Abstract

In focusing on alienation in the sphere of consumption, Fromm addresses a distinctly modern concern. The dawn of the age of mass consumption can be symbolized by the Model T Ford, which made the motor car available to a mass market, so that by the end of the 1920s, 27 million Americans owned a car. That decade also saw the spread of cinema and radio to millions of people, opening a vast market for advertisers. The potential for social manipulation was apparent to the novelist Aldous Huxley after visiting the United States in the late 1920s, so much so that his dystopia, Brave New World (1932), depicts a world of total social control through programming, drugs, and instant gratification.1 Fromm regarded the book as so prophetic that he devotes five pages to it in The Sane Society,2 which appeared as the United States was experiencing its second phase of mass consumption, with the spread of television and the expansion of cars and consumer durables. It is now commonplace in sociology to consider the ideological impact of patterns of consumption stimulated through the techniques of mass advertising, but Fromm was one of the first to note the potential significance of consumption as a form of social control. In Escape From Freedom he bemoans the emergence of what he calls “hypnoid suggestion” through advertising techniques, but, ever the dialectician, he also identifies the nascent consumer movement as a means through which the consumer may restore a capacity for discernment and a sense of significance. The consumer movement, he argues, can play a role equivalent to that of the trade unions in the sphere of production.3

Keywords

Europe Income Marketing Flare Expense 

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Notes

  1. 1.
    Aldous Huxley, Brave New World (Harmondsworth: Penguin, 1967); on the American influence see David Bradshaw, Introduction to Aldous Huxley, Brave New World Revisited (London: Harper Collins, 1994).Google Scholar
  2. 2.
    Erich Fromm, The Sane Society (Henry Holt: New York, 1990), pp. 224–228.Google Scholar
  3. 11.
    Erich Fromm, The Sane Society (New York: Henry Holt, 1990), pp. 131–132, cf. Marx, “Economic and Philosophic Manuscripts” in Karl Marx and Frederick Engels, Collected Works, volume 3 (London: Lawrence and Wishart, 1975), pp. 322–326 and Lawrence Wilde, Marx and Contradiction (Aldershot and Brookfield, Vermont: Avebury, 1989), pp. 53–56.Google Scholar
  4. 34.
    Aristotle, Nichomachean Ethics, Book One, (Harmondsworth: Penguin, 1976), p. 84.Google Scholar
  5. 41.
    Herbert Marcuse, One Dimensional Man (Boston: Beacon Press, 1991), chapter 1; on the similarities of the approaches of Fromm and Marcuse see Lawrence Wilde, Ethical Marxism and Its Radical Critics (Basingstoke: Macmillan, 1998), chapter 4.Google Scholar
  6. 43.
    Roberto Mangabeira Unger, Democracy Realized: The Progressive Alternative (New York: Verso, 1998), pp. 19–20.Google Scholar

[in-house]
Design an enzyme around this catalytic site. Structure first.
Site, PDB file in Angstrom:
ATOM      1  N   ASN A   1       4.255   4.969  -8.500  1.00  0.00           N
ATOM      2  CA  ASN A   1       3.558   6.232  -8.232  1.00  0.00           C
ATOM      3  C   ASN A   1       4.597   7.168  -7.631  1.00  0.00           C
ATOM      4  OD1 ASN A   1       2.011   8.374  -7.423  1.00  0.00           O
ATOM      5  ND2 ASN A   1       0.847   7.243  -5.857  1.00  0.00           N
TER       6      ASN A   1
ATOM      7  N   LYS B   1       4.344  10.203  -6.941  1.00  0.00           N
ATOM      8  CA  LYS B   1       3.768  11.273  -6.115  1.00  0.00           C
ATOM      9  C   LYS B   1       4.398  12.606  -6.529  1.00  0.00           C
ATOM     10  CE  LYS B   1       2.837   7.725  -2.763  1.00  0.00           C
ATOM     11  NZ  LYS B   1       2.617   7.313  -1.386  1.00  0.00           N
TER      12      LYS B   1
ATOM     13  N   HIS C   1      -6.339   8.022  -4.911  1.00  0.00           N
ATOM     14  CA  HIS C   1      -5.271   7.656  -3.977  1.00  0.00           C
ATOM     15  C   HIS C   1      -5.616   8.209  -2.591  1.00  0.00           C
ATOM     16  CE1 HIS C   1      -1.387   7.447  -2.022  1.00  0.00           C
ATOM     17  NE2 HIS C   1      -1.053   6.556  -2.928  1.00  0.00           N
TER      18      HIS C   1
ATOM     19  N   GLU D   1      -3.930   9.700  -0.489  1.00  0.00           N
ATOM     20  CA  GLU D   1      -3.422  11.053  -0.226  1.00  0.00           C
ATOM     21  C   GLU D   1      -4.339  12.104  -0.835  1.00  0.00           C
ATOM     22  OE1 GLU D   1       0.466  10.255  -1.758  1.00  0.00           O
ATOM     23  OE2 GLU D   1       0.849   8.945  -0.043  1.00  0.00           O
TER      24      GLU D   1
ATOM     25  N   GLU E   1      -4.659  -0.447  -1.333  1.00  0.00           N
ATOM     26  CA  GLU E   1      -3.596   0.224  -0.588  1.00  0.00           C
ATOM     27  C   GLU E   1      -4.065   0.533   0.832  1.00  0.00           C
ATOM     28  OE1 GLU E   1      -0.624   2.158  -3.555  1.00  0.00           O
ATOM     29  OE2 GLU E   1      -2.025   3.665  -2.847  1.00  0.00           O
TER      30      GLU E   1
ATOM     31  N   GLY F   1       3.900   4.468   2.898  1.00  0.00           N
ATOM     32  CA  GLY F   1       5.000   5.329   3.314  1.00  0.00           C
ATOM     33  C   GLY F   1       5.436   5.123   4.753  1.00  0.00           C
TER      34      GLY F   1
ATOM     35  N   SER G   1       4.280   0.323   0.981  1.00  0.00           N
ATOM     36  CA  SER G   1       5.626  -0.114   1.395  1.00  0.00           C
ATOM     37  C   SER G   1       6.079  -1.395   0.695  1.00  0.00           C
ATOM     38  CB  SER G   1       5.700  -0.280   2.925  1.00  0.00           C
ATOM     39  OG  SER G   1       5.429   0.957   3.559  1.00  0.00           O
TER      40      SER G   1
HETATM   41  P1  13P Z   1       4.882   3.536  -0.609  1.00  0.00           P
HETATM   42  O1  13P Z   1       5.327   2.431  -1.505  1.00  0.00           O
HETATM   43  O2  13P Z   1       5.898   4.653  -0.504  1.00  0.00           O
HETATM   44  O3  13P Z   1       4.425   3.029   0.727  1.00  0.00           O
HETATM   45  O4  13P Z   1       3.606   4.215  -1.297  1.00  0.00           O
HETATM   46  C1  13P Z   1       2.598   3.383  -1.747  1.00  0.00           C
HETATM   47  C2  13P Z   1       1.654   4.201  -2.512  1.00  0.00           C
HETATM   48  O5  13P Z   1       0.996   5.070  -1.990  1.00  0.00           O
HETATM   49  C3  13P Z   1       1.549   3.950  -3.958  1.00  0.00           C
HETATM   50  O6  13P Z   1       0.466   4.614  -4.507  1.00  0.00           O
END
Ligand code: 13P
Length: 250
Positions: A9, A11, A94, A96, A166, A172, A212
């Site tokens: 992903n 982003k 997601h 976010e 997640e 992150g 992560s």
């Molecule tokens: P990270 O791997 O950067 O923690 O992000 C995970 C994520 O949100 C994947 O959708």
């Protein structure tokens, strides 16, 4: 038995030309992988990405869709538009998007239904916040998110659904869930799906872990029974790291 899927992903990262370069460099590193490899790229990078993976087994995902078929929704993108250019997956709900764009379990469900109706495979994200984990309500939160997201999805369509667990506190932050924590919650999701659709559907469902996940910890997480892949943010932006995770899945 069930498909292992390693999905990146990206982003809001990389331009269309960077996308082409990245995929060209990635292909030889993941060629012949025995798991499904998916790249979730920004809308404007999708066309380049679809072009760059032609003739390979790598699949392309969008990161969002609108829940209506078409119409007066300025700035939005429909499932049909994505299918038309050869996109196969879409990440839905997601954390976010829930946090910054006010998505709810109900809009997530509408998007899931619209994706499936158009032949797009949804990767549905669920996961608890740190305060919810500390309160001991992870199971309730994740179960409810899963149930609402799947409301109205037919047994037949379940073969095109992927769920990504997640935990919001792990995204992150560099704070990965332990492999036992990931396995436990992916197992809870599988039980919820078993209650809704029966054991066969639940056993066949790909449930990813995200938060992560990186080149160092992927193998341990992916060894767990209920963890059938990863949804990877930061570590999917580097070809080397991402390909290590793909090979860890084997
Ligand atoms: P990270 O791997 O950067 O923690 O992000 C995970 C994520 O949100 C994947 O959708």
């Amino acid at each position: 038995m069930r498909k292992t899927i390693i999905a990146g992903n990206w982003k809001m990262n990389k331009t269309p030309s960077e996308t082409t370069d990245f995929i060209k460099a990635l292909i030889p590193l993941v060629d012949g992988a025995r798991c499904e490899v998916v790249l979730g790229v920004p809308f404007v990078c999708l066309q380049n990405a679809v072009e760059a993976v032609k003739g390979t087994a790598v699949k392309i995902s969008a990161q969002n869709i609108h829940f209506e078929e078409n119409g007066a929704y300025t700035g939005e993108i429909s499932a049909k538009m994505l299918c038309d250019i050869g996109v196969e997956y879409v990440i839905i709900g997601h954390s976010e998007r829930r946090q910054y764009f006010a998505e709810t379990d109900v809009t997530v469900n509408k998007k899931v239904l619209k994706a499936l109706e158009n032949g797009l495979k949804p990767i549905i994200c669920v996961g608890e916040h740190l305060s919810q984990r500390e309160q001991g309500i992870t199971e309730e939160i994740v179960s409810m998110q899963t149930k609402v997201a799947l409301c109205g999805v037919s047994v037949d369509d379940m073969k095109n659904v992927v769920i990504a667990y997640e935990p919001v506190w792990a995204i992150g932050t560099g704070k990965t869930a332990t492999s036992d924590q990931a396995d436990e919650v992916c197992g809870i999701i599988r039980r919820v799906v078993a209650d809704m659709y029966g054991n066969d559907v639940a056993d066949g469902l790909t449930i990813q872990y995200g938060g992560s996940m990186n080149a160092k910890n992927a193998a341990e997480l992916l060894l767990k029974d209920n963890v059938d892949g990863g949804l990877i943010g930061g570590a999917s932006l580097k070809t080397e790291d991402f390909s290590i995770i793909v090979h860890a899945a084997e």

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    There is now a wealth of literature on this, but see in particular Richard Falk, On Humane Governance: Toward a New Global Politics (Cambridge: Polity Press, 1995).Google Scholar
  8. 53.
    Jon Burchell and Simon Lightfoot, The Greening of the European Union? (New York: Sheffield Academic Press, 2001).Google Scholar
  9. 56.
    Ronald Inglehart, The Silent Revolution: Changing Values and Political Styles Among Western Publics (Princeton, NJ: Princeton University Press, 1997) and Culture Shift in Advanced Industrial Society (Princeton, NJ: Princeton University Press, 1990).Google Scholar
  10. 59.
    Steve Yearley and John Forrester, “Shell, A Sure Target for Global Environmental Campaigning?” in Robin Cohen and Shirin Rai (eds.), Global Social Movements (Brunswick, NJ and London, 2000), p. 138.Google Scholar
  11. 60.
    Naomi Klein, No Logo (London: Flamingo, 2000), pp. 387–391.Google Scholar
  12. 62.
    Zygmunt Bauman, Work, Consumerism and the New Poor (Philadelphia and Buckingham: Open University Press, 1998), p. 24.Google Scholar
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    Ibid., p. 30, cf. Zygmunt Bauman, Society Under Siege (Malden, MA: Blackwell, 2002), p. 196.Google Scholar
  14. 69.
    Erich Fromm, The Anatomy of Human Destructiveness (London: Pimlico, 1997), pp. 281–283.Google Scholar
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    Zygmunt Bauman, Postmodern Ethics (Cambridge, MA: Blackwell, 1993), pp. 204–205.Google Scholar
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    James B. Twitchell, Lead Us into Temptation: The Triumph of American Materialism (New York: Columbia University Press, 2000).Google Scholar

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© Lawrence Wilde 2004

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  • Lawrence Wilde

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